The Incidence and Clinical Relevance of Device-detected Subclinical Atrial Fibrillation in the Relation to Stroke.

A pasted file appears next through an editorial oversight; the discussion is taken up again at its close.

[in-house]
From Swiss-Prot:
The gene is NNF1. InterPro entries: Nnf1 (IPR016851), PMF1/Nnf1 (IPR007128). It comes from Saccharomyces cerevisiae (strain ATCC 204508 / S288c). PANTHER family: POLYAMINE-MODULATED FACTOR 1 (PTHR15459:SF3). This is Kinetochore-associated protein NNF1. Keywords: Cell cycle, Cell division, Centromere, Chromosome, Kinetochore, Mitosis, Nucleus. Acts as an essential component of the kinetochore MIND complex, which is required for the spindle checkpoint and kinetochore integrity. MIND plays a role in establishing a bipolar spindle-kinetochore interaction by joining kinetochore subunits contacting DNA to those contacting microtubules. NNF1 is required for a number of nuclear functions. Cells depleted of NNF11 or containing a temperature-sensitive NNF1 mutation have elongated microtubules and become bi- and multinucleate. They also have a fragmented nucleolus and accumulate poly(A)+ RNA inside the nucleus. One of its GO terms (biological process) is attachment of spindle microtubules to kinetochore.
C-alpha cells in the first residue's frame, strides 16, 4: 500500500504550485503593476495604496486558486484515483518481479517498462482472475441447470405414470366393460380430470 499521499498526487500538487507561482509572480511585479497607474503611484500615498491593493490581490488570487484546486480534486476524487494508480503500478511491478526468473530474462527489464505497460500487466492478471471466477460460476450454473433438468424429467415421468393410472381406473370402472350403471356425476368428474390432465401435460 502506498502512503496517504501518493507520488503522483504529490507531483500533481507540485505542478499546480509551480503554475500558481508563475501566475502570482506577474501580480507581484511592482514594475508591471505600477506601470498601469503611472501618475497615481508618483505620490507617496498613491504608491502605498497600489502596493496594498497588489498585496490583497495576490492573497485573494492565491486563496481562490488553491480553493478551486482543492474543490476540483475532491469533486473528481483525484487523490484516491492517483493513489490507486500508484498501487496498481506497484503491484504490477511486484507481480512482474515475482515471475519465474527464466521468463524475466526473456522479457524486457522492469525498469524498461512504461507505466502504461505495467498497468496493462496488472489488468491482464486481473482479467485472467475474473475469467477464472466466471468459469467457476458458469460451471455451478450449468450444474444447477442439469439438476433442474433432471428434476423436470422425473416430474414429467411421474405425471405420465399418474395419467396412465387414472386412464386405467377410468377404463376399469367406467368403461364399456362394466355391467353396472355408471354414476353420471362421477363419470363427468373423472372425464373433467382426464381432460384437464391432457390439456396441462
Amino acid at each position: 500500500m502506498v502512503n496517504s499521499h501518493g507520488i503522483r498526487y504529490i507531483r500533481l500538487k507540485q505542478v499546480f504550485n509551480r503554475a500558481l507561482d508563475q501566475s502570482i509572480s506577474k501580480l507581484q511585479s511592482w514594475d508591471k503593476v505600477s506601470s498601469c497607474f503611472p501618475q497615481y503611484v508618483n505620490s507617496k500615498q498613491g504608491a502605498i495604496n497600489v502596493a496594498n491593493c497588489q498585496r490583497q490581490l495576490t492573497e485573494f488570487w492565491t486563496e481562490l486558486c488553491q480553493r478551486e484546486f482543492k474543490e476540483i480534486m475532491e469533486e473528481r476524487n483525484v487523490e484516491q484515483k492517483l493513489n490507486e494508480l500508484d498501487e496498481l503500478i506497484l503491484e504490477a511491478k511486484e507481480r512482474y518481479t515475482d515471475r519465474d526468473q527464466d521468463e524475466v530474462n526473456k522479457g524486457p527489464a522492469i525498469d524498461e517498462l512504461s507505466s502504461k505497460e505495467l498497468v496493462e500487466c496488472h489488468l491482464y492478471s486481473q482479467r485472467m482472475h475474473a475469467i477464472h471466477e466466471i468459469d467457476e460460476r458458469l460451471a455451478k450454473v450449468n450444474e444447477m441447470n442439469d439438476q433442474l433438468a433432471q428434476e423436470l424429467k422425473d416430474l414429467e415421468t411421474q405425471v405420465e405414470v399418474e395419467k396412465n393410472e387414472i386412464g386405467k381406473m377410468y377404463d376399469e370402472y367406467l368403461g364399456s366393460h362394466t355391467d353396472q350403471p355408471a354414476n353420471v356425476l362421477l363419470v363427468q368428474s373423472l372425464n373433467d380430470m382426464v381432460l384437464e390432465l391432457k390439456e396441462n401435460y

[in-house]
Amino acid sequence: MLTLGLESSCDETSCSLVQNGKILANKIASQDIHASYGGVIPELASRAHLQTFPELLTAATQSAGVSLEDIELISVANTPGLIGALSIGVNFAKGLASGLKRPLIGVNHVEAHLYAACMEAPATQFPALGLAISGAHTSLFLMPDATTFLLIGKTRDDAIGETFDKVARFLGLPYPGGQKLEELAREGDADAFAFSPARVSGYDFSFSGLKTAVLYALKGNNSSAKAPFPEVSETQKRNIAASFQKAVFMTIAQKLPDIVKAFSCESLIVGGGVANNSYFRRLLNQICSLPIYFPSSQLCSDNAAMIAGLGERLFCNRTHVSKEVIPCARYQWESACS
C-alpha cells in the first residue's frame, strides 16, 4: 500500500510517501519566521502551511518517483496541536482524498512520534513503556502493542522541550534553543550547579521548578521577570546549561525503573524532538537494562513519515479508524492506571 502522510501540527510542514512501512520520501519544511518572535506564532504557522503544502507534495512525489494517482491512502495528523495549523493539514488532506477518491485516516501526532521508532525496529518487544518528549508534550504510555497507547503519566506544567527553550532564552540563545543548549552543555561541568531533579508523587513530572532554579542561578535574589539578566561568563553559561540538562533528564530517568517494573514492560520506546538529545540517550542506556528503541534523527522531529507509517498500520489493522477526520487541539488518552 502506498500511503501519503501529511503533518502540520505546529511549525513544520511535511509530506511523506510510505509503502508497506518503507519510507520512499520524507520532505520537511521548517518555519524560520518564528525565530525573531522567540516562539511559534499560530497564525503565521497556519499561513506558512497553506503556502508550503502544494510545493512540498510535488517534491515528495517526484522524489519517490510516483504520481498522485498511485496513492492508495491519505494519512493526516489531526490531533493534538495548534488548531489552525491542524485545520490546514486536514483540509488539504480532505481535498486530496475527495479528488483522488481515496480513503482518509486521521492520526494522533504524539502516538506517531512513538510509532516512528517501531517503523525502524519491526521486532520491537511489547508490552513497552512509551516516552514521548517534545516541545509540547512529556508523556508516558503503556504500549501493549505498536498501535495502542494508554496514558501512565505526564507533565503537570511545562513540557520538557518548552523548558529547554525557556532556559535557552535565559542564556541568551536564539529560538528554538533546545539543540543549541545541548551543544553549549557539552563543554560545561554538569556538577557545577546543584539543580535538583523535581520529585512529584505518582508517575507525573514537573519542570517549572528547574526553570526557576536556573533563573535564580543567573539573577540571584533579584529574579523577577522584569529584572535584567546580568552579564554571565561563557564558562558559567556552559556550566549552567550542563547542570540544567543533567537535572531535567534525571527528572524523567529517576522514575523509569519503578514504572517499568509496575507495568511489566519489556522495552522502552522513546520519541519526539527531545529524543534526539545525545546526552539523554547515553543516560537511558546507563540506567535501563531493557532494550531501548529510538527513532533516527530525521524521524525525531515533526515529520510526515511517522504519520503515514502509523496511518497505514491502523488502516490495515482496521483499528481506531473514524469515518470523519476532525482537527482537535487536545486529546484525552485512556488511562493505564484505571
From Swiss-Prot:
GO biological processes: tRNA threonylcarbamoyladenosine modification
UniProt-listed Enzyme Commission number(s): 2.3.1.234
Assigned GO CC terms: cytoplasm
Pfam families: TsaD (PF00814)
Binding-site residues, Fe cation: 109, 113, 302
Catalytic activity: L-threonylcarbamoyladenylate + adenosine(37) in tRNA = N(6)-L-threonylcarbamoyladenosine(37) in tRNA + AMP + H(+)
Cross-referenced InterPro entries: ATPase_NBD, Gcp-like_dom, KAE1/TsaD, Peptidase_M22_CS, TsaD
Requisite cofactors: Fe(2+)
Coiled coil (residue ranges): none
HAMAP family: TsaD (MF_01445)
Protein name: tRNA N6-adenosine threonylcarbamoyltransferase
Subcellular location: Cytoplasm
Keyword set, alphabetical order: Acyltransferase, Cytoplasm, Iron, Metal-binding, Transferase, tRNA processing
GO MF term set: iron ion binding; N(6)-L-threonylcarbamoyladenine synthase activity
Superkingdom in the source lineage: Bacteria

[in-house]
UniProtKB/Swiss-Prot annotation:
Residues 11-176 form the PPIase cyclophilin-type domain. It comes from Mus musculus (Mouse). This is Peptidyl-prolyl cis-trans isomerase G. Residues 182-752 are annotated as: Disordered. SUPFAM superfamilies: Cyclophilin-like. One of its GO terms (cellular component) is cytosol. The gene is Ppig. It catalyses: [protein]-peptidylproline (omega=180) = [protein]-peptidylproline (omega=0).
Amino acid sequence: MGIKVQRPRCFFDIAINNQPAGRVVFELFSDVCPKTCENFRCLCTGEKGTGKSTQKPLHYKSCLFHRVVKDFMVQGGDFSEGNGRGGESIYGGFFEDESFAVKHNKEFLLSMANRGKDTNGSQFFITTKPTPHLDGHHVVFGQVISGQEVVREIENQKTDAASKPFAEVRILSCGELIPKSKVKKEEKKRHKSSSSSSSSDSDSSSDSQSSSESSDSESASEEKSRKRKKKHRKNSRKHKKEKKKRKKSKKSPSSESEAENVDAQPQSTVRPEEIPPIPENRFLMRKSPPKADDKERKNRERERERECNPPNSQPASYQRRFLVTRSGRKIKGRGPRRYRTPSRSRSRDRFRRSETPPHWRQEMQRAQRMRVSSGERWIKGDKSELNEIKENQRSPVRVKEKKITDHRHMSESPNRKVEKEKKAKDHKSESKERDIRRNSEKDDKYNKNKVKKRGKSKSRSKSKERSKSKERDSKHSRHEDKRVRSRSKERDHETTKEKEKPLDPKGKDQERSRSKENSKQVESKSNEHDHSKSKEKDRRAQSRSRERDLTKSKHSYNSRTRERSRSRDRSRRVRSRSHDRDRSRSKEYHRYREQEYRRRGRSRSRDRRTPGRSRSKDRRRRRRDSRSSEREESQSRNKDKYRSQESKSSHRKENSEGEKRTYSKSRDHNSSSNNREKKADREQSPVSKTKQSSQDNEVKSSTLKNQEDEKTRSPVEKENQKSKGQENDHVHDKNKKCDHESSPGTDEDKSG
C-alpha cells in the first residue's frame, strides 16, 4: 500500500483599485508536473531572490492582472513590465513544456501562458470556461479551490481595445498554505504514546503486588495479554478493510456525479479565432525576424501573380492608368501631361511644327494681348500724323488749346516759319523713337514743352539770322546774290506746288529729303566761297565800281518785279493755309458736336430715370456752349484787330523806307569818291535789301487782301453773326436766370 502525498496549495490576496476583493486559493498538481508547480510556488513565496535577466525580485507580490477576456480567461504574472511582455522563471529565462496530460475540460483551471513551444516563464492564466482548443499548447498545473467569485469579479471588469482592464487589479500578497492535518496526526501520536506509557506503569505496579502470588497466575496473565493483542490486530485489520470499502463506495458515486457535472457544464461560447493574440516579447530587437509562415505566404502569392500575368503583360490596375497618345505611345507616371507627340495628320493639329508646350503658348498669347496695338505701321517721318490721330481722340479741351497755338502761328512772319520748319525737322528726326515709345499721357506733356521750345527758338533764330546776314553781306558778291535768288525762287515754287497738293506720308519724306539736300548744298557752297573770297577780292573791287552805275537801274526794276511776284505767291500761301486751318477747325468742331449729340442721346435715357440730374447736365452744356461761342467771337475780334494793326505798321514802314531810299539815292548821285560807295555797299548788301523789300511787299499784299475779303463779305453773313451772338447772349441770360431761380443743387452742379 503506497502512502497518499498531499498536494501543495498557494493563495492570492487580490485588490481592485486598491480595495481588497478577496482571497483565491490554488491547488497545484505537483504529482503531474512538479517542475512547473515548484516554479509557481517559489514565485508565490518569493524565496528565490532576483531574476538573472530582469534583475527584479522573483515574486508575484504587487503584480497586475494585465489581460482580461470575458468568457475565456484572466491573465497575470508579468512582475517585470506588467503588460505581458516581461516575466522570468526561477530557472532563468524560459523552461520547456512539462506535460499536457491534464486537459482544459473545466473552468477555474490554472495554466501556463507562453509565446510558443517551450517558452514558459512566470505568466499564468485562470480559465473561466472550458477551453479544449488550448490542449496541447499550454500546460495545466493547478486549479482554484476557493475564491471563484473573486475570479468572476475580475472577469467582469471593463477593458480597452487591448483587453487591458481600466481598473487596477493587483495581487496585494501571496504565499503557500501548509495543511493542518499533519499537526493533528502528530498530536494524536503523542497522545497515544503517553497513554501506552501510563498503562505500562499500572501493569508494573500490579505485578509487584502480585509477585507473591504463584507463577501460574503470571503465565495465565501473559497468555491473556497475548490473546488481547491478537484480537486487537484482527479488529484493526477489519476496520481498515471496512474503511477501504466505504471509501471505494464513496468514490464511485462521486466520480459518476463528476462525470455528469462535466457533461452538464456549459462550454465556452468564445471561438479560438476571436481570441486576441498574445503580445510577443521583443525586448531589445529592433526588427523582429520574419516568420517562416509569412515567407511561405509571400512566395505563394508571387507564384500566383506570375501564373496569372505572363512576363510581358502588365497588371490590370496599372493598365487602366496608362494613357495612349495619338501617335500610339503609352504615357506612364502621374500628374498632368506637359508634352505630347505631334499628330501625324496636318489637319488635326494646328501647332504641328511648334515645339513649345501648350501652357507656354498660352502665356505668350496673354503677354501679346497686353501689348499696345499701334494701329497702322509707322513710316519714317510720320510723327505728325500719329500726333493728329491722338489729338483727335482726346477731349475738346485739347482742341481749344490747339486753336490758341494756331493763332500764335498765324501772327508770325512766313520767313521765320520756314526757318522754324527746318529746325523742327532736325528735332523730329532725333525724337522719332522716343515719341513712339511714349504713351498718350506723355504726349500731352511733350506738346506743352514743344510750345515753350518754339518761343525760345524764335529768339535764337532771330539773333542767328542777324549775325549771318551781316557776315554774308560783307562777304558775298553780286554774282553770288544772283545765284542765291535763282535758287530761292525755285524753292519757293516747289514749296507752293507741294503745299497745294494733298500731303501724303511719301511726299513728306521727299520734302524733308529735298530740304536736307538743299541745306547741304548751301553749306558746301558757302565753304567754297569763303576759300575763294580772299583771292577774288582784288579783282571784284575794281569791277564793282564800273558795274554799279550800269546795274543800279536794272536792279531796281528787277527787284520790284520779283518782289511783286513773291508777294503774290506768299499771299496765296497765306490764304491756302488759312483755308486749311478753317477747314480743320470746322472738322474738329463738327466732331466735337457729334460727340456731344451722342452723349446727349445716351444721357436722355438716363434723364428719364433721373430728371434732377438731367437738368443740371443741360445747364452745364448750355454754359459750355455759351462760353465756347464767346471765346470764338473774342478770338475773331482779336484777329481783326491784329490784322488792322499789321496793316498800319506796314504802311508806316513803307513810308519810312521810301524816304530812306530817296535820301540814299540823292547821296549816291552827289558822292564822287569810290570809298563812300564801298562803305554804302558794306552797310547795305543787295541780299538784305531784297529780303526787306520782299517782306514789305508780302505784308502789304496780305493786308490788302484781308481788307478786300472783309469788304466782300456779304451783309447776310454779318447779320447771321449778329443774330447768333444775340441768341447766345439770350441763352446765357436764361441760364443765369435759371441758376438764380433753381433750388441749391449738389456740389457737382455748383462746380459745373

Subclinical atrial fibrillation (SCAF) is the occurrence of brief episodes of AF, a fast atrial arrhythmia, in the absence of any symptoms. The asymptomatic nature of the arrhythmia means it often goes undetected and untreated. Conversely, clinical AF presents itself, and is swiftly managed with anticoagulation therapy to minimise the risk of stroke. The link between clinical AF and stroke has been well-established, however, research into SCAF is only just beginning. It is widely suspected that SCAF is the cause of many cryptogenic stroke admissions. If this is found to be true then methods of risk stratification and screening, to boost detection and early management of SCAF, should have a significant effect on reducing stroke and AF-related hospital admissions. This study will use records of patients with permanent pacemaker (PPM) devices to investigate the incidence of SCAF. In addition, the data will be used to establish the clinical relevance of SCAF, particularly in relation to stroke, and aim to identify useful screening and risk stratification methods.